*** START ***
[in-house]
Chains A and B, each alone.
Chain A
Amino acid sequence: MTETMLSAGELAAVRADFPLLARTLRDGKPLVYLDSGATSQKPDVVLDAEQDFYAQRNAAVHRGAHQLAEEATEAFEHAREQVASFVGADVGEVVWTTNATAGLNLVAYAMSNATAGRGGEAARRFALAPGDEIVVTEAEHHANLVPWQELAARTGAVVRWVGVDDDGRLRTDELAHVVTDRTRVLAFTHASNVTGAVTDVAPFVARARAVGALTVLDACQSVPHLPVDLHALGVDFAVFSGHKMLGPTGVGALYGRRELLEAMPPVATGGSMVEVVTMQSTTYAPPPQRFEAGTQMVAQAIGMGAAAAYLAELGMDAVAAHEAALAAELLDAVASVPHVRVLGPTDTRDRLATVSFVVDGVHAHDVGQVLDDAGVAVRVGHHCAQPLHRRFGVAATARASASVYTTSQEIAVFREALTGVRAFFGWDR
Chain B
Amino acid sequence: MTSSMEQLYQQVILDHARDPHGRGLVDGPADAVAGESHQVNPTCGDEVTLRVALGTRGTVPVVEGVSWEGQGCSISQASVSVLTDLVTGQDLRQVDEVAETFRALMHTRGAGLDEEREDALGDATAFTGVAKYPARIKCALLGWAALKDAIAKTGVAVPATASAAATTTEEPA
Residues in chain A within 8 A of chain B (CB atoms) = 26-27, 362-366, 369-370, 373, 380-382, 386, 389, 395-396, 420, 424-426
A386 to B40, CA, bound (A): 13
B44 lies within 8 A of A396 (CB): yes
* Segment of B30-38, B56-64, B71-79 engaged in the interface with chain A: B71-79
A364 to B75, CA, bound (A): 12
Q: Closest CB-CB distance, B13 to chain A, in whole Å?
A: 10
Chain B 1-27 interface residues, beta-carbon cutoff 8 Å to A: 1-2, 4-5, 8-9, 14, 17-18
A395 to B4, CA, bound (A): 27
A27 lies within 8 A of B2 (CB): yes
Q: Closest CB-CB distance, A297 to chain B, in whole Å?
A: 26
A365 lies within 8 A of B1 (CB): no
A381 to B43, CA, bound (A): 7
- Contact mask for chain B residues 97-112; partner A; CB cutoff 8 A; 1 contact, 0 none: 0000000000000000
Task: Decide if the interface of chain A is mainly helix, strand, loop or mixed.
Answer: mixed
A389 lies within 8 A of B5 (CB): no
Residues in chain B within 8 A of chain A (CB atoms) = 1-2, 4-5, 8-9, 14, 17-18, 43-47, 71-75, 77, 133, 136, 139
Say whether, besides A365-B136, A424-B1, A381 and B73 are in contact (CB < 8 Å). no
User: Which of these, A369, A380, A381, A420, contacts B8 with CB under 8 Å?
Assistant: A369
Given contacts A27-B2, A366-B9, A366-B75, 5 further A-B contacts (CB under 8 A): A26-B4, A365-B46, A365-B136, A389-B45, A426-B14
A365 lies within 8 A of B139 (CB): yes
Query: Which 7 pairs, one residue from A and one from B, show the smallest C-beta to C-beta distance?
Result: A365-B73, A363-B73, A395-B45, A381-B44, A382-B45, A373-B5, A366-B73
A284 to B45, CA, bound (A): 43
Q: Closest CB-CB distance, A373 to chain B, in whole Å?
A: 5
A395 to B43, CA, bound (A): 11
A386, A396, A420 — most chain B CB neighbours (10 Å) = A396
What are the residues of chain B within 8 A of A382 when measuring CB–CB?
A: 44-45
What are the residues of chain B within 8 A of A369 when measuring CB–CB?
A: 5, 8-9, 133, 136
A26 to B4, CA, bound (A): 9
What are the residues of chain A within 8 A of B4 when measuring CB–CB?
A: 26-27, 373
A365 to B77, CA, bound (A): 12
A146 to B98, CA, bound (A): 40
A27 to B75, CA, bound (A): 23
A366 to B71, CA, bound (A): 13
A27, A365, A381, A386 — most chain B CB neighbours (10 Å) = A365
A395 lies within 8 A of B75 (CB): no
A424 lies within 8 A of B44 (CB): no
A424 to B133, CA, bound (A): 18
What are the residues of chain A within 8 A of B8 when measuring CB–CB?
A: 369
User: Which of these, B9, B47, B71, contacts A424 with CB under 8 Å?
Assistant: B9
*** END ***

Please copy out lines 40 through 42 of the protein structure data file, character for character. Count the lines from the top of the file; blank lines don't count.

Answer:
What are the residues of chain B within 8 A of A369 when measuring CB–CB?
A: 5, 8-9, 133, 136
A26 to B4, CA, bound (A): 9